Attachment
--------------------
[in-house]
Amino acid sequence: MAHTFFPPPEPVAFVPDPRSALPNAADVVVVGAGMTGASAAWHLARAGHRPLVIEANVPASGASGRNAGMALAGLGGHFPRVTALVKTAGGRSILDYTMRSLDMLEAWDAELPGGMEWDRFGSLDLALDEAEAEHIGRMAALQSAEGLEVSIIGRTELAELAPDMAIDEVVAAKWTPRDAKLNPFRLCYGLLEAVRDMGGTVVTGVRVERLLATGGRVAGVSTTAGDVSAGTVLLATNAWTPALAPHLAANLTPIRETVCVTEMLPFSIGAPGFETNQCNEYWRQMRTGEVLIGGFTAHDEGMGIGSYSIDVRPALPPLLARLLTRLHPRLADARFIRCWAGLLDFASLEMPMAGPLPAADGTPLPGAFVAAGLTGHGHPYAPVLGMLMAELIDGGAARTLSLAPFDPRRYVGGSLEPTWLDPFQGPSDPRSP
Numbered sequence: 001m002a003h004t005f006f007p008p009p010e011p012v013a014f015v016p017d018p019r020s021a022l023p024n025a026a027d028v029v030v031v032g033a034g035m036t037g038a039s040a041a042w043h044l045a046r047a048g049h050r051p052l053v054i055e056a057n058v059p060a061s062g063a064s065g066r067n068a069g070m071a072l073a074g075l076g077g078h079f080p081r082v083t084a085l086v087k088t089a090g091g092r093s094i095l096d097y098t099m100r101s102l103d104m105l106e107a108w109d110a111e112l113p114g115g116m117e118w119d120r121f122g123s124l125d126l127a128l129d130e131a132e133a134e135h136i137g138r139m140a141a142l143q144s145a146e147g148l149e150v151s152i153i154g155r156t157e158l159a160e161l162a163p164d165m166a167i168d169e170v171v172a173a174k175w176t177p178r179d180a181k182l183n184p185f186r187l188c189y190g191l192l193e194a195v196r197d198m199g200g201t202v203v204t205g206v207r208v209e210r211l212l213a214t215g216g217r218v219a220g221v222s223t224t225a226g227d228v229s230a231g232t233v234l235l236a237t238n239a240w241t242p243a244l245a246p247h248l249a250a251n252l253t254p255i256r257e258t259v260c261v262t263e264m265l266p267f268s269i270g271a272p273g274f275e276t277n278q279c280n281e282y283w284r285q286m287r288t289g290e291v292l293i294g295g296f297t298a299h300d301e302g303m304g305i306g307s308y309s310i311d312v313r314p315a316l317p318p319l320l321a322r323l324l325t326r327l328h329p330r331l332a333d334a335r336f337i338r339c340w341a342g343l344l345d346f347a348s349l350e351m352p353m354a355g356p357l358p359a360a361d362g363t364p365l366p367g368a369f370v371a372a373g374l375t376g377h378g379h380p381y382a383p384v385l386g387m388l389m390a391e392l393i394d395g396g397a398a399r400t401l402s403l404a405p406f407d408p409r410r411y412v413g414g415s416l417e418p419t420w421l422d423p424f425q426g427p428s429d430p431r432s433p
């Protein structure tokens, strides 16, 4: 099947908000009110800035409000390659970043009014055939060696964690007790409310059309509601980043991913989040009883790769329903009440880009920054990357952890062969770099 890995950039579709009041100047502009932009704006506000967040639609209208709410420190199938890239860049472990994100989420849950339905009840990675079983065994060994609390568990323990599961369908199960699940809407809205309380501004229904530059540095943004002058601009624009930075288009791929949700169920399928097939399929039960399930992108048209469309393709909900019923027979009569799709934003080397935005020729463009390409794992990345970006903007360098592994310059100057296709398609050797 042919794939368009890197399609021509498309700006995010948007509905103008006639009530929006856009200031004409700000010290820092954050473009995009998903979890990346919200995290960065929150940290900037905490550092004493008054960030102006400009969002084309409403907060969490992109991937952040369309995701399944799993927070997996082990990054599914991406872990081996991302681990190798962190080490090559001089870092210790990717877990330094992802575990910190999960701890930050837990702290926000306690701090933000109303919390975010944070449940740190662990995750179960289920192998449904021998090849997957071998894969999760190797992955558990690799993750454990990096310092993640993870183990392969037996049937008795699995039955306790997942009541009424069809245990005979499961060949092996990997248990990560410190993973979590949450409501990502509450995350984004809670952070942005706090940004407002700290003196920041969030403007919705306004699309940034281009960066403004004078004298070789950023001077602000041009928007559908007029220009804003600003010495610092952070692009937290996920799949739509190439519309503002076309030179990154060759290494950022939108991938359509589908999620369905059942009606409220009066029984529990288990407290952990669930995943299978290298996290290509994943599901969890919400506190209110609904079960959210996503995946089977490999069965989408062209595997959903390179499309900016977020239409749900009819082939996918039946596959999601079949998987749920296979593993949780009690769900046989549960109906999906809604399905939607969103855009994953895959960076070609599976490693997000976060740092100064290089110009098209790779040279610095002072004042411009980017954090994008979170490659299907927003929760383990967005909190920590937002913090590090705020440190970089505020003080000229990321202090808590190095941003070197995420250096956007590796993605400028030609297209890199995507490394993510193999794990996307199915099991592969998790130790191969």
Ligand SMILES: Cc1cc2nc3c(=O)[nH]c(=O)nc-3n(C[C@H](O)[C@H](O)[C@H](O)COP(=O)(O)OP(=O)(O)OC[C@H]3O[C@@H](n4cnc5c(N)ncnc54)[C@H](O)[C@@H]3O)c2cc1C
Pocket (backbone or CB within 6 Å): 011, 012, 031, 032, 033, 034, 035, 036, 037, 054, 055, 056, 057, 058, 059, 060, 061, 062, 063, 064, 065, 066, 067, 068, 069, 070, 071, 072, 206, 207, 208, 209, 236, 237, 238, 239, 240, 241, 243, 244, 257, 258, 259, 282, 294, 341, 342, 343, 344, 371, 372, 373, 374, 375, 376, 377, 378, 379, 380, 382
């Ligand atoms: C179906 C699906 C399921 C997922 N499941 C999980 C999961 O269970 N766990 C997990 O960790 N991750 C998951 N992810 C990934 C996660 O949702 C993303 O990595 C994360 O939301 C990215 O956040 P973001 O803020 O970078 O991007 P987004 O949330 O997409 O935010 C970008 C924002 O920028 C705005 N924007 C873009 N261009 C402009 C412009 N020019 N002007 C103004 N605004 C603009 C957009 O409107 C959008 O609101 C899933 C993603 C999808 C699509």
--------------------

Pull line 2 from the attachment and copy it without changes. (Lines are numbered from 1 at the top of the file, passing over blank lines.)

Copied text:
Amino acid sequence: MAHTFFPPPEPVAFVPDPRSALPNAADVVVVGAGMTGASAAWHLARAGHRPLVIEANVPASGASGRNAGMALAGLGGHFPRVTALVKTAGGRSILDYTMRSLDMLEAWDAELPGGMEWDRFGSLDLALDEAEAEHIGRMAALQSAEGLEVSIIGRTELAELAPDMAIDEVVAAKWTPRDAKLNPFRLCYGLLEAVRDMGGTVVTGVRVERLLATGGRVAGVSTTAGDVSAGTVLLATNAWTPALAPHLAANLTPIRETVCVTEMLPFSIGAPGFETNQCNEYWRQMRTGEVLIGGFTAHDEGMGIGSYSIDVRPALPPLLARLLTRLHPRLADARFIRCWAGLLDFASLEMPMAGPLPAADGTPLPGAFVAAGLTGHGHPYAPVLGMLMAELIDGGAARTLSLAPFDPRRYVGGSLEPTWLDPFQGPSDPRSP